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Native Offerings Farm
May 20, 2015 at 1:07 pm

The new Williamsville site is at St. John Lutheran Church at 6540 Main Street. Thanks to Wendy and Dave Barth who connected us with the Church and thanks to the Church for hosting the Native Offerings Farm Amherst distribution. This site has lots of parking, more space and for the winter a heated distribution site! We are excited to have an improved location.

Sonia Efron Gee, that's another high traffic area, but quite a bit further out for us. Where is the Buffalo pickup?

May 20, 2015 at 4:56 pm

Nicole Radder Rassman Yay!!! Thank you Wendy & Dave!!! If I am correct on the location, it's on the corner of Main and Hampton Hill, which leads directly to Sheridan Drive. Therefore, you'll be able to access the church lot from Sheridan/Hampton Hill as well as Main St.

May 20, 2015 at 6:56 pm

Native Offerings Farm
Facebook IconMay 16, 2015 at 11:39 am

Thousands of onions are now growing in the soil. Deb and the crew got them in just before the rain.

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Native Offerings Farm The transplanter is a big improvement over hand planting but you still have to hand set the plants. It does save you from crawling on your hands and knees!

May 17, 2015 at 10:55 am

Sharon Hammond Maybe abou,t 16,000 onion plants!!!!!

May 17, 2015 at 7:28 pm

Nora Eberl
May 11, 2015 at 3:22 pm

When does the summer CSA generally start?

Native Offerings Farm NIne out of ten years we begin during the first week of June. Sometimes we start a week early and sometimes we start a week late.

May 11, 2015 at 4:25 pm

Native Offerings Farm
Facebook IconMay 10, 2015 at 3:12 pm

The cattle heading out to the pasture for the first time this year. They seem very excited to be eating fresh grass and clover.

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Alicia Reeves Cow butts!

May 13, 2015 at 11:04 pm

Native Offerings Farm
Facebook IconMay 2, 2015 at 10:08 am

The rye is being mowed. We plant rye in the fall as a cover crop. This serves to prevent erosion, to capture nitrogen in the soil and to improve the structure of the soil. In the spring it is plowed under as a green manure. Today is plow day as the conditions are perfect.

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Native Offerings Farm
April 28, 2015 at 8:38 am

The organic certification paper work is complete. It will go out with todays mail to NOFA-NY.

IMG_1224Native Offerings Farm isn’t only a business; it is a place. When we moved here in 2002, this farm was a dairy farm that had been in the Clark family for five generations. The farm is situated in a long valley in Cattaraugus County that was once full of dairy farms, now there are only a few and we are the only large scale producer of vegetables here. We are 9 miles to the northwest of the town of Ellicottville and the majority of our farm lies in the town of Otto. We have 180 acres of slightly rolling land. Some of it is good pasture and hay land but the reason we bought it was because it has about 15 acres of soil that is sandy loam; great for vegetable production. It also has a year round flowing, class 1 trout fishing stream running through it from which we are allowed to irrigate. The barns and house were in relatively good shape and we could move in and farm right away. That was important because our CSA was up and running at that point.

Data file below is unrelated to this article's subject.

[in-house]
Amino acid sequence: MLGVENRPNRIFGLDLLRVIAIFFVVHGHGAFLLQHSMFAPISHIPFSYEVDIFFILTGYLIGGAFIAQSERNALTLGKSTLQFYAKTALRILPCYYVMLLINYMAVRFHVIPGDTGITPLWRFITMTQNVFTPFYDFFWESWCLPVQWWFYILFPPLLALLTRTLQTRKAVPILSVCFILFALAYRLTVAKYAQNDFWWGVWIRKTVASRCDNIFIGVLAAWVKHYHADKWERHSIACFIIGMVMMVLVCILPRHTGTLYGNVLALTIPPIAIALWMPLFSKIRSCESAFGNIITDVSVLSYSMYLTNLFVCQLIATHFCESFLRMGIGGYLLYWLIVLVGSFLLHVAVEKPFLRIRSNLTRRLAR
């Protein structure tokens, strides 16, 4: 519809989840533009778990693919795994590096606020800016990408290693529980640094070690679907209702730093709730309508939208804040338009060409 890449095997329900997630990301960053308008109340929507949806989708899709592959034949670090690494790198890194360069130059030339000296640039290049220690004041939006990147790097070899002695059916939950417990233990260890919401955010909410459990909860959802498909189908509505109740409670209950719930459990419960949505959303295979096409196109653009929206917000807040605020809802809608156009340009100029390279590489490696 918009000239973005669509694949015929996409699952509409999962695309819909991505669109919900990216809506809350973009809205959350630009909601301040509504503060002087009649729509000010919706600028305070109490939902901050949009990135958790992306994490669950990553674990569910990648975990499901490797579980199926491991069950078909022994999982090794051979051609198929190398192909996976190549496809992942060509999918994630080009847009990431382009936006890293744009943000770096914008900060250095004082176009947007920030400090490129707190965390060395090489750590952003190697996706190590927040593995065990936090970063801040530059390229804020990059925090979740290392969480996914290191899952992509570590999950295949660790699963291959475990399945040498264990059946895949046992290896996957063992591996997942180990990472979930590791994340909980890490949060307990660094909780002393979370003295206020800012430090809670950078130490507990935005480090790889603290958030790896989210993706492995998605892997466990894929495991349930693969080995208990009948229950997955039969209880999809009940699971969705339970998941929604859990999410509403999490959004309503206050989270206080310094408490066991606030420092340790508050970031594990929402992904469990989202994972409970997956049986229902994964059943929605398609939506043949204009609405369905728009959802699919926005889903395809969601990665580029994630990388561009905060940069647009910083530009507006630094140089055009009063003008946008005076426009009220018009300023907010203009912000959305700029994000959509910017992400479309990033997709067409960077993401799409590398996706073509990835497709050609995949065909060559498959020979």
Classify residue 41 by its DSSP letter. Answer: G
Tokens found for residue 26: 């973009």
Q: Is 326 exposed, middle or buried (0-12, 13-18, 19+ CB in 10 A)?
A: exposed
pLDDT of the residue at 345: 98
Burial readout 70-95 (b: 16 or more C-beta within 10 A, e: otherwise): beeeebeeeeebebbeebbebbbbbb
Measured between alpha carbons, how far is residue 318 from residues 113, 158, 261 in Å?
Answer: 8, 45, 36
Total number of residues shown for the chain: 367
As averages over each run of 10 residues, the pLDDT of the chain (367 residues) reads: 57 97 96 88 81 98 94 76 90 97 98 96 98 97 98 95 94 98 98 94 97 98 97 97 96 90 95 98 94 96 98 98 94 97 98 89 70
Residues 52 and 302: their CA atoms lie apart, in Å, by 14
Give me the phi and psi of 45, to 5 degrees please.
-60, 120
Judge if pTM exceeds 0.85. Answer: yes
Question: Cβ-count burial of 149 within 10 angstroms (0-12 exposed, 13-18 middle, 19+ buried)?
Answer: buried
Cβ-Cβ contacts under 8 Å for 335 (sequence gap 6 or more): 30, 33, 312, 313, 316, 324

We started Buffalo Organics CSA in East Aurora on the Roelofs’ Arden Farm after vegetable farming with a friend in Trumansburg. That was in 1997, the year we were married. The house on this farm was built in the 1800’s and we used the cool, stone basement for storing vegetables our first year here. The farm wasn’t on the market in 2002 and actually could have been used as a site for a school but was voted down by the area residents. It wasn’t long after we bought the place that neighbors came up to us and explained that they were so happy that the land remained in farming. That was a good sign! We knew we had made the right choice in moving here! We originally thought we’d settle in Erie county but when we were searching all of Erie county for tillable, fertile farm land we came up against hurdles that most aspiring farmers will run into. The most pressing was that good farmland is also good for development. Which meant that we were priced out of buying that land.

wine grape trails

Moving to this land presented some concerns, one of which is that we are in zone 5, even some areas here are zone 4. We have a two-week variance in temperature as compared to Buffalo and Eden, which is zone 6. Meaning, we can get a frost two weeks earlier than Buffalo in the fall and two weeks later in the spring.

So why farm here? Our first visit to the farm was telling. Stewart took his shovel to the cornfield behind the house and dug. It was then that a light went on for him; he had carefully and diligently found a place that could make the business of farming work. It had good tillable ground, fresh water and barns. I fell in love with the house, barns and surrounding hills. We thought it might be hard to truck our products so far into the city, which was our main market outlet. But the CSA keeps us intimately connected with our customers and many of them adjusted to the move to this beautiful place with us. Now, we focus on improving the land that we farm on and keeping or customers happy. We’ve planted over 4000 trees, fixed water drainage, and limed the soils and continually work with a soil lab to remineralize the ground that we work. We are slowly restoring the gamble roofed dairy barn that if neglected anymore would become like so many other barns, a casualty of modern life. We have become part of the rural fabric of this little piece of countryside and are happy to live and farm here.

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